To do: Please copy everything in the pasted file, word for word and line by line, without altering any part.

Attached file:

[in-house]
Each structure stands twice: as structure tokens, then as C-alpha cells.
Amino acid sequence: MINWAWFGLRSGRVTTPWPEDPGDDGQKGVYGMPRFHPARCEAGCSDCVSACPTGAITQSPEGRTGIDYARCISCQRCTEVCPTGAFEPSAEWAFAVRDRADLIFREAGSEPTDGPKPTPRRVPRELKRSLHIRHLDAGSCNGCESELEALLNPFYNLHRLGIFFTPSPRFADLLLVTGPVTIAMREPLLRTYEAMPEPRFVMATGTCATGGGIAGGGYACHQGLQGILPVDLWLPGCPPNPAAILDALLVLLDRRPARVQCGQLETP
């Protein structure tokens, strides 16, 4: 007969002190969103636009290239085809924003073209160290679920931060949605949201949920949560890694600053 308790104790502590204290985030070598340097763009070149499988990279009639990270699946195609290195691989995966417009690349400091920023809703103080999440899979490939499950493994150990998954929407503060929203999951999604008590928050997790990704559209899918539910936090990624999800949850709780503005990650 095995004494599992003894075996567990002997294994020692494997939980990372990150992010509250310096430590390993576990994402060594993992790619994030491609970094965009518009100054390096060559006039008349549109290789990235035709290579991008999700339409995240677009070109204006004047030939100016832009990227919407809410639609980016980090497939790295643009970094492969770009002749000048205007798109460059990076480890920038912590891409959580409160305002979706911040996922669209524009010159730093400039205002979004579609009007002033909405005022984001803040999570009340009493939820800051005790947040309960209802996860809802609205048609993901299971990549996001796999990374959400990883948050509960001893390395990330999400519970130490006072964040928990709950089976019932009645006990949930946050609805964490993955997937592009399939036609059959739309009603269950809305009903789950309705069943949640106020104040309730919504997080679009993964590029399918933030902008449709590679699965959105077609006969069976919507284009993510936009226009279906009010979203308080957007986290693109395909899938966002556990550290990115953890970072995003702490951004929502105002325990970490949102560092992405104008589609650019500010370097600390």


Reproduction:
[in-house]
Each structure stands twice: as structure tokens, then as C-alpha cells.
Amino acid sequence: MINWAWFGLRSGRVTTPWPEDPGDDGQKGVYGMPRFHPARCEAGCSDCVSACPTGAITQSPEGRTGIDYARCISCQRCTEVCPTGAFEPSAEWAFAVRDRADLIFREAGSEPTDGPKPTPRRVPRELKRSLHIRHLDAGSCNGCESELEALLNPFYNLHRLGIFFTPSPRFADLLLVTGPVTIAMREPLLRTYEAMPEPRFVMATGTCATGGGIAGGGYACHQGLQGILPVDLWLPGCPPNPAAILDALLVLLDRRPARVQCGQLETP
């Protein structure tokens, strides 16, 4: 007969002190969103636009290239085809924003073209160290679920931060949605949201949920949560890694600053 308790104790502590204290985030070598340097763009070149499988990279009639990270699946195609290195691989995966417009690349400091920023809703103080999440899979490939499950493994150990998954929407503060929203999951999604008590928050997790990704559209899918539910936090990624999800949850709780503005990650 095995004494599992003894075996567990002997294994020692494997939980990372990150992010509250310096430590390993576990994402060594993992790619994030491609970094965009518009100054390096060559006039008349549109290789990235035709290579991008999700339409995240677009070109204006004047030939100016832009990227919407809410639609980016980090497939790295643009970094492969770009002749000048205007798109460059990076480890920038912590891409959580409160305002979706911040996922669209524009010159730093400039205002979004579609009007002033909405005022984001803040999570009340009493939820800051005790947040309960209802996860809802609205048609993901299971990549996001796999990374959400990883948050509960001893390395990330999400519970130490006072964040928990709950089976019932009645006990949930946050609805964490993955997937592009399939036609059959739309009603269950809305009903789950309705069943949640106020104040309730919504997080679009993964590029399918933030902008449709590679699965959105077609006969069976919507284009993510936009226009279906009010979203308080957007986290693109395909899938966002556990550290990115953890970072995003702490951004929502105002325990970490949102560092992405104008589609650019500010370097600390």